The Glory of that Light
It was six days, or eight counting both ends, after the first telling of the coming tragedy that shook them so. Here is a bit of practical psychology. Jesus lets the brain impression made by that strange announcement deepen before making the next impression. Jesus went up into the mountain "to pray." Prayer never failed Him. It was equal to every need with Jesus. It was while praying that the wondrous change came. Changed while praying. When Moses came down from that long time alone with God, his face was full of the glory reflected from God's presence. Stephen's face caught the light of another Face into which he was intently looking.

Jesus was changed from within. It was His own glory that these men saw. He had wrapped Himself up in a bit of human tapestry so He could move among men without blinding their eyes. Now He looks out through the strands. They are astonished and awed to find that face they know so well now shining as the sun, and the garments made transparent as light, glistening like snow, by reason of the great brilliance of the light within. Yet Jesus let out only a part of the glory. When Paul saw, on the Damascus road, the light was above the shining of the sun.

When their eyes get over the first daze, the disciples come to see that besides Jesus there are two others, two of the old Hebrew leaders. There is Moses, the great maker of the nation, the greatest leader of all. And rugged Elijah, who had boldly stood in the breach and saved the day when the nation's king was proposing to replace the worship of Jehovah with demon-worship. They are talking earnestly together, these three, about -- what? The great sacrifices Jesus had been enduring? The disappointment in the kingdom plan? The suffering and shame to be endured? The bitter obstinacy of the opposition? The chief priests' plotting? Listen! They are talking about the departure, the exodus, the going out and up, Jesus is about to accomplish. They are absorbed in Jesus. He was about to execute a master-stroke. He is going to accomplish a great move. They are wholly absorbed in Him, this Moses, and Elijah, and in this great move of His for men.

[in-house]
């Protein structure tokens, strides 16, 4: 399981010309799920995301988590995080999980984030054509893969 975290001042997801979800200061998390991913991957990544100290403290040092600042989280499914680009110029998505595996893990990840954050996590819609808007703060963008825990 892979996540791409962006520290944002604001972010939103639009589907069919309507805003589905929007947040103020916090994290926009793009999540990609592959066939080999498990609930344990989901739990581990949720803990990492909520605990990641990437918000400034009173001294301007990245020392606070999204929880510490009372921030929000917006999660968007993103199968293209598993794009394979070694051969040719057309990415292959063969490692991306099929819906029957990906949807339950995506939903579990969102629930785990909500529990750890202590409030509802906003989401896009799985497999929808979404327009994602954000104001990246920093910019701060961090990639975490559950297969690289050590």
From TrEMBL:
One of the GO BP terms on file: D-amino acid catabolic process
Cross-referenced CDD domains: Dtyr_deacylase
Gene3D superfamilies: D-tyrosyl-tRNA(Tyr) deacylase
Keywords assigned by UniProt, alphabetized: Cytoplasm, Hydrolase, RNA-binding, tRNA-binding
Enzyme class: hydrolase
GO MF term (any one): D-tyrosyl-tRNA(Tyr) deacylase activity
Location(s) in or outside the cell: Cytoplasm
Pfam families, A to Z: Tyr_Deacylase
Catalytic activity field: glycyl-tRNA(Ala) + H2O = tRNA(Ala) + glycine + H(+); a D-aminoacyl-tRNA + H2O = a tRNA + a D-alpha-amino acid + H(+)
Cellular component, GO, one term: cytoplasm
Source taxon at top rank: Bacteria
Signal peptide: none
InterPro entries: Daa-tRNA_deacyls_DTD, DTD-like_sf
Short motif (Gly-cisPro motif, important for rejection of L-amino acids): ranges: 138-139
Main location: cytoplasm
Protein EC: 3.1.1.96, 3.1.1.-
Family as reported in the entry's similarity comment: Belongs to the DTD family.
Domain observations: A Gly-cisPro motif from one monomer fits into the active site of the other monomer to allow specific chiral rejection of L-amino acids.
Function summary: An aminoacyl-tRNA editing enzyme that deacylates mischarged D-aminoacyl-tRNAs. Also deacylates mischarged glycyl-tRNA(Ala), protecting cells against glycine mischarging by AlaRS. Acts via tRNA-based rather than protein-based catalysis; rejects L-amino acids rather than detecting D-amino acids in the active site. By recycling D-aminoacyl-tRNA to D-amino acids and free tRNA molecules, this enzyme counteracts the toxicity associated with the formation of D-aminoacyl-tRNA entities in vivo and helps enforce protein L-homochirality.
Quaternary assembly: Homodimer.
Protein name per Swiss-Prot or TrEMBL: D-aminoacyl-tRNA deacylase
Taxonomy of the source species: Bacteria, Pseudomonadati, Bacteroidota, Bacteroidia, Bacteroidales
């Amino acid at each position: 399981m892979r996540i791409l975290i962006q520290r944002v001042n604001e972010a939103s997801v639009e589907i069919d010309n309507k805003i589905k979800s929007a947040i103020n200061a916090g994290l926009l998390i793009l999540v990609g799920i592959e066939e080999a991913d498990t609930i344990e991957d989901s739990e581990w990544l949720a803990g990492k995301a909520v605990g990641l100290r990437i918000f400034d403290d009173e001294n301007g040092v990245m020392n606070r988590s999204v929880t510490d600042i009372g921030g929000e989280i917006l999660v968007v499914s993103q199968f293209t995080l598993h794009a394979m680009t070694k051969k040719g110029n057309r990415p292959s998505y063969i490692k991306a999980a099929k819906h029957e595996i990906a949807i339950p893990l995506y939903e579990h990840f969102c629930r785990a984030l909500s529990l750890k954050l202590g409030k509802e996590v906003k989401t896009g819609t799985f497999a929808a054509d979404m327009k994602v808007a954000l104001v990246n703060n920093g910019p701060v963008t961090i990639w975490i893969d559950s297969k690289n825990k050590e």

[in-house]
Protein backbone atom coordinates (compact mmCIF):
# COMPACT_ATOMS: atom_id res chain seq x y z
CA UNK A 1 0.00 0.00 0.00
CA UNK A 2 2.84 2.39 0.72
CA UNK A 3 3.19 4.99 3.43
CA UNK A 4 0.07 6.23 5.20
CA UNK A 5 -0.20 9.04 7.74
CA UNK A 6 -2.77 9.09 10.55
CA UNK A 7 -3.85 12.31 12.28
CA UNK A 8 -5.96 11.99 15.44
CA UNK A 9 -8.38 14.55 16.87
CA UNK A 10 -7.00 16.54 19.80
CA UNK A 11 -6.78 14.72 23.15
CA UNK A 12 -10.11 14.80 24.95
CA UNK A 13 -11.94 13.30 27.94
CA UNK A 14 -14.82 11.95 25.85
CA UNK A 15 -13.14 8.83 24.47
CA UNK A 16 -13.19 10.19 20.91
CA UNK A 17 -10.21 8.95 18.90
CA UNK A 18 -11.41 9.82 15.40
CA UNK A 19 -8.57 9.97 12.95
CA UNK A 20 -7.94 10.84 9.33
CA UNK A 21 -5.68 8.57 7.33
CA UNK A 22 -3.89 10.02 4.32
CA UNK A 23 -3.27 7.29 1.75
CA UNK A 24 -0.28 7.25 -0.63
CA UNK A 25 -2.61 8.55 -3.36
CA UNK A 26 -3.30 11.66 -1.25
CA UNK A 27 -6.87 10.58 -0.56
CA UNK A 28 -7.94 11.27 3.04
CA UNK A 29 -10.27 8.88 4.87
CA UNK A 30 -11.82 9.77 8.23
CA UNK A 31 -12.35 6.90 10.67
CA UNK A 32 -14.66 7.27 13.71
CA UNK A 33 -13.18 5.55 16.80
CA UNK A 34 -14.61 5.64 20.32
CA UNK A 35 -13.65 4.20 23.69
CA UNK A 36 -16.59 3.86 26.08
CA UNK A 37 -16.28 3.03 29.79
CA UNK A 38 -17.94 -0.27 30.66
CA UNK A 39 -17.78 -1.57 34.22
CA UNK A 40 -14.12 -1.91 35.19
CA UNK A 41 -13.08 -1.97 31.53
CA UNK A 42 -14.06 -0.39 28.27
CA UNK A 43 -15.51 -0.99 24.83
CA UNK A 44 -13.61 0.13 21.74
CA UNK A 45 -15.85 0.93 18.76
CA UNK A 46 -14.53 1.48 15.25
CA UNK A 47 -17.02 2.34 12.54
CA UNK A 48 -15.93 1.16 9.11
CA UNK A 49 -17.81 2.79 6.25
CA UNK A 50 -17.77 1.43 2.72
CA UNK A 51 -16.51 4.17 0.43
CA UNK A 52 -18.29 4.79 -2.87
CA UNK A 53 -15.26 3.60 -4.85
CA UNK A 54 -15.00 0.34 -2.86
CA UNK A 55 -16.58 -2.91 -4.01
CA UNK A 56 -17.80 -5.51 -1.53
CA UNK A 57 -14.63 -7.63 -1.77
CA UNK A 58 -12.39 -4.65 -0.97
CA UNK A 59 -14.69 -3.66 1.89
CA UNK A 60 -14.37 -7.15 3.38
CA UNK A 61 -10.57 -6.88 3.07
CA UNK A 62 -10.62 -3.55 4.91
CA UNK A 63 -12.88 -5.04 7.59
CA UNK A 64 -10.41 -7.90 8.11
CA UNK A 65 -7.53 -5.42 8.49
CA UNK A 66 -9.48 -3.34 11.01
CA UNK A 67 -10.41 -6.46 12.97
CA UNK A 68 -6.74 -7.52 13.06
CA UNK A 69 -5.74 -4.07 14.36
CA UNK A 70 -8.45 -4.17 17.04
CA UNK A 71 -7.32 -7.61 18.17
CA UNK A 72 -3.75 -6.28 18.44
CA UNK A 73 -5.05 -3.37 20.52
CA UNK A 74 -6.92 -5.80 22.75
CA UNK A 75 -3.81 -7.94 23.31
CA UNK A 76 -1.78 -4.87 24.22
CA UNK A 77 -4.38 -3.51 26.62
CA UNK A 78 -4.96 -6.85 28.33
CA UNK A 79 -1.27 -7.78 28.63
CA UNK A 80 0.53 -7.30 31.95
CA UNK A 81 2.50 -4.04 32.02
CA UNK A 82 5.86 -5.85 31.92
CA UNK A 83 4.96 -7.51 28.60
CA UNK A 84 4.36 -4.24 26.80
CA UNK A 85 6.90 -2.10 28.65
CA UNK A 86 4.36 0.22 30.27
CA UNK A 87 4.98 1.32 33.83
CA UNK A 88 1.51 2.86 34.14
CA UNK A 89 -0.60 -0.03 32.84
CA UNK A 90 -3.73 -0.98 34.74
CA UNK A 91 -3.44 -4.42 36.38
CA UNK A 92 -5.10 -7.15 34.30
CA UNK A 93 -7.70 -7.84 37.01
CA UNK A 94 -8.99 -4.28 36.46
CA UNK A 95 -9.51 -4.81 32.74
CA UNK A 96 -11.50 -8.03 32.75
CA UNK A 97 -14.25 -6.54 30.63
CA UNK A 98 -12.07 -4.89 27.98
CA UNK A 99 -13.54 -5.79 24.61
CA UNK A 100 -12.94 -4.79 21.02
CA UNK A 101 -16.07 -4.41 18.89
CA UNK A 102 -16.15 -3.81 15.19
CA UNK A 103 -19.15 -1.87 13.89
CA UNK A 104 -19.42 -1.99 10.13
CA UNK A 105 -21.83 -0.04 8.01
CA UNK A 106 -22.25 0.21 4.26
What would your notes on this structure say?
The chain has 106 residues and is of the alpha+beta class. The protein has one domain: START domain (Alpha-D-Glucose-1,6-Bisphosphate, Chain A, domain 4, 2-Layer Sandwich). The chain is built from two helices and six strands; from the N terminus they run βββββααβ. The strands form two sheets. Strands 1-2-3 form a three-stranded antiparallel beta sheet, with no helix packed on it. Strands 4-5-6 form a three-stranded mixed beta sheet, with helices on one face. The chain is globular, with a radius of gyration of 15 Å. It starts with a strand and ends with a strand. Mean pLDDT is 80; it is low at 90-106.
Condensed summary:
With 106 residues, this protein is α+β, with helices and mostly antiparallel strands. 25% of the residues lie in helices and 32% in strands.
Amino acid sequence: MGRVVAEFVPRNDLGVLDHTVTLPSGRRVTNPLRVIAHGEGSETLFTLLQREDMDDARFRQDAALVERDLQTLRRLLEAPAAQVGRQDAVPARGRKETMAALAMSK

Meanwhile these men lying on the ground are waking up and rubbing their eyes. The only jarring note is a human note. John and James look with awe, reverent awe. It is an insight into their character that nothing is said about them. Their sense of reverence and power of control are to the front. It is dear, impulsive old Peter who can't keep still, even amid such a scene. His impulsive heart is just back of his lips, with no check-valves between. He must offer a few remarks. This great vision must be duly recognized. What a sensation it would make in Jerusalem to get these two men to stay and come down and address a meeting! That would turn the tide surely. Luke graciously explains that he did not know what he was saying. No, probably not. The tongue seemed to be going mechanically, rather than by the controlling touch of the will. Peter seems to have a large posterity, some of whom abide with us to this day.

Then the vision is shut out by the intervening cloud. This human interference disturbs the atmosphere. For Peter's sake, the glory is hidden that the impression of it may not be rubbed out even slightly by his own speech. We blur and lose the impression God would make upon us, by our speech, sometimes. A bit of divine practical psychology, this movement of the cloud. Then the quiet voice that thrilled them with the message of the Jordan, "This is My Son; My Chosen One: hear ye Him." Then it is all over.

It is most striking that this wondrous vision of glory is for these three obscure, untutored men, of lowly station. Not for the nation's leaders. Yet the reason is plain. They had gladly accepted what light had come. To them came more. Their door was open. It is these men who had obeyed light that now received more. To him that hath received what light has come shall be given more. From him that hath no light, because he won't let it in, shall be taken away even what light he has. Shut fists will stifle what is already held, and the life of it oozes out between the fingers.

In each of the three Gospels recording this scene it is introduced by the same quotation from Jesus' lips. There were some persons in His presence who would not die until they had seen the kingdom of God. The writers' reference is clearly to the vision that follows. It is said to be a vision of the coming kingdom. Jesus, with the divine glory within, no longer concealed, but shining out with an indescribable splendor, up above the earth, with two godly men, one of whom had died, and the other had been caught up from the earth without death, talking earnestly about men and affairs on the earth, and in direct communication with the Father -- that is the vision here of the kingdom.

The Eternity of Hell-Torments
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